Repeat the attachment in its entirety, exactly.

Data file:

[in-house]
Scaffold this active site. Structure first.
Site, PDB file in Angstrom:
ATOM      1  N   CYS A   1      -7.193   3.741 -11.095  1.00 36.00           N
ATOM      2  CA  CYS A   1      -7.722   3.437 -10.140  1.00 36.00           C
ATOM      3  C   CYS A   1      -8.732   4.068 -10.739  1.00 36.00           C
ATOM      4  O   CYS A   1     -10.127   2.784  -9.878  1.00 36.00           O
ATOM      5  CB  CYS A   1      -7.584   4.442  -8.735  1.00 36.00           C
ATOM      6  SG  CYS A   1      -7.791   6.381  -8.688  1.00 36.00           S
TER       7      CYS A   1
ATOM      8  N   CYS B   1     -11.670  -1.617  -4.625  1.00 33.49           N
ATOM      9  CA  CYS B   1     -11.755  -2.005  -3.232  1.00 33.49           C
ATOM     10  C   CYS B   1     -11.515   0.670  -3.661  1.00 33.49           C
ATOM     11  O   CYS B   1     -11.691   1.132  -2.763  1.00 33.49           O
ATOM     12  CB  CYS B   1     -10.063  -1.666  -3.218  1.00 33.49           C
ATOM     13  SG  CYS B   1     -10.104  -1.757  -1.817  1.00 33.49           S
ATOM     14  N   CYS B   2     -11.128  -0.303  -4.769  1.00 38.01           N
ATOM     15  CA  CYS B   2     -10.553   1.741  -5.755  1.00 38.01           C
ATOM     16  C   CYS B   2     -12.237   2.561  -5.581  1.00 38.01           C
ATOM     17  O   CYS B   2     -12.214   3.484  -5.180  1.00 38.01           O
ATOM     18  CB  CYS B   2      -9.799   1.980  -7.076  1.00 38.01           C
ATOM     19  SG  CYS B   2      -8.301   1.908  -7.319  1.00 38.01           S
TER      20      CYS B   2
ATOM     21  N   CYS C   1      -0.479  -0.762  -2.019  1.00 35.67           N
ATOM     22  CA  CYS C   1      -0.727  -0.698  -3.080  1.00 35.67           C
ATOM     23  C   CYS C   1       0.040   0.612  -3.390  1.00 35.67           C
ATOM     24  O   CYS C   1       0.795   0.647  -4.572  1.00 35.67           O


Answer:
[in-house]
Scaffold this active site. Structure first.
Site, PDB file in Angstrom:
ATOM      1  N   CYS A   1      -7.193   3.741 -11.095  1.00 36.00           N
ATOM      2  CA  CYS A   1      -7.722   3.437 -10.140  1.00 36.00           C
ATOM      3  C   CYS A   1      -8.732   4.068 -10.739  1.00 36.00           C
ATOM      4  O   CYS A   1     -10.127   2.784  -9.878  1.00 36.00           O
ATOM      5  CB  CYS A   1      -7.584   4.442  -8.735  1.00 36.00           C
ATOM      6  SG  CYS A   1      -7.791   6.381  -8.688  1.00 36.00           S
TER       7      CYS A   1
ATOM      8  N   CYS B   1     -11.670  -1.617  -4.625  1.00 33.49           N
ATOM      9  CA  CYS B   1     -11.755  -2.005  -3.232  1.00 33.49           C
ATOM     10  C   CYS B   1     -11.515   0.670  -3.661  1.00 33.49           C
ATOM     11  O   CYS B   1     -11.691   1.132  -2.763  1.00 33.49           O
ATOM     12  CB  CYS B   1     -10.063  -1.666  -3.218  1.00 33.49           C
ATOM     13  SG  CYS B   1     -10.104  -1.757  -1.817  1.00 33.49           S
ATOM     14  N   CYS B   2     -11.128  -0.303  -4.769  1.00 38.01           N
ATOM     15  CA  CYS B   2     -10.553   1.741  -5.755  1.00 38.01           C
ATOM     16  C   CYS B   2     -12.237   2.561  -5.581  1.00 38.01           C
ATOM     17  O   CYS B   2     -12.214   3.484  -5.180  1.00 38.01           O
ATOM     18  CB  CYS B   2      -9.799   1.980  -7.076  1.00 38.01           C
ATOM     19  SG  CYS B   2      -8.301   1.908  -7.319  1.00 38.01           S
TER      20      CYS B   2
ATOM     21  N   CYS C   1      -0.479  -0.762  -2.019  1.00 35.67           N
ATOM     22  CA  CYS C   1      -0.727  -0.698  -3.080  1.00 35.67           C
ATOM     23  C   CYS C   1       0.040   0.612  -3.390  1.00 35.67           C
ATOM     24  O   CYS C   1       0.795   0.647  -4.572  1.00 35.67           O